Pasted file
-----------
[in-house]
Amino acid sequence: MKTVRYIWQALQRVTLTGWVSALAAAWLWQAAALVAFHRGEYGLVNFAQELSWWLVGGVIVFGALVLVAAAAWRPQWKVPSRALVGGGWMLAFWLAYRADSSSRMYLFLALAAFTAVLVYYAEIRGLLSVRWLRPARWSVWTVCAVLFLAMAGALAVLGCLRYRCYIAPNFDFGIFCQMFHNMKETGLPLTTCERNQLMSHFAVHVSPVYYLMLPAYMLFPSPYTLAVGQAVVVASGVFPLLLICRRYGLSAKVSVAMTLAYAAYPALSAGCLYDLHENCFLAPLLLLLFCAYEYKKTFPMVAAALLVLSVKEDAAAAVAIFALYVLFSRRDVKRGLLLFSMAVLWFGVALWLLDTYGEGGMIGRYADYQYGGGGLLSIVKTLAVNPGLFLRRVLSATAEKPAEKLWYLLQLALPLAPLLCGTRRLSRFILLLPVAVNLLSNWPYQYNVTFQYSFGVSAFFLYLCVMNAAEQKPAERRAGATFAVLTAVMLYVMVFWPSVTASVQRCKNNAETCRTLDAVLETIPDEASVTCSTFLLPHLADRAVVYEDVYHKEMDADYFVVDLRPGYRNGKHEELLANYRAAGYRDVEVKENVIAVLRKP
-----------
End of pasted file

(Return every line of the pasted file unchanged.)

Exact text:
[in-house]
Amino acid sequence: MKTVRYIWQALQRVTLTGWVSALAAAWLWQAAALVAFHRGEYGLVNFAQELSWWLVGGVIVFGALVLVAAAAWRPQWKVPSRALVGGGWMLAFWLAYRADSSSRMYLFLALAAFTAVLVYYAEIRGLLSVRWLRPARWSVWTVCAVLFLAMAGALAVLGCLRYRCYIAPNFDFGIFCQMFHNMKETGLPLTTCERNQLMSHFAVHVSPVYYLMLPAYMLFPSPYTLAVGQAVVVASGVFPLLLICRRYGLSAKVSVAMTLAYAAYPALSAGCLYDLHENCFLAPLLLLLFCAYEYKKTFPMVAAALLVLSVKEDAAAAVAIFALYVLFSRRDVKRGLLLFSMAVLWFGVALWLLDTYGEGGMIGRYADYQYGGGGLLSIVKTLAVNPGLFLRRVLSATAEKPAEKLWYLLQLALPLAPLLCGTRRLSRFILLLPVAVNLLSNWPYQYNVTFQYSFGVSAFFLYLCVMNAAEQKPAERRAGATFAVLTAVMLYVMVFWPSVTASVQRCKNNAETCRTLDAVLETIPDEASVTCSTFLLPHLADRAVVYEDVYHKEMDADYFVVDLRPGYRNGKHEELLANYRAAGYRDVEVKENVIAVLRKP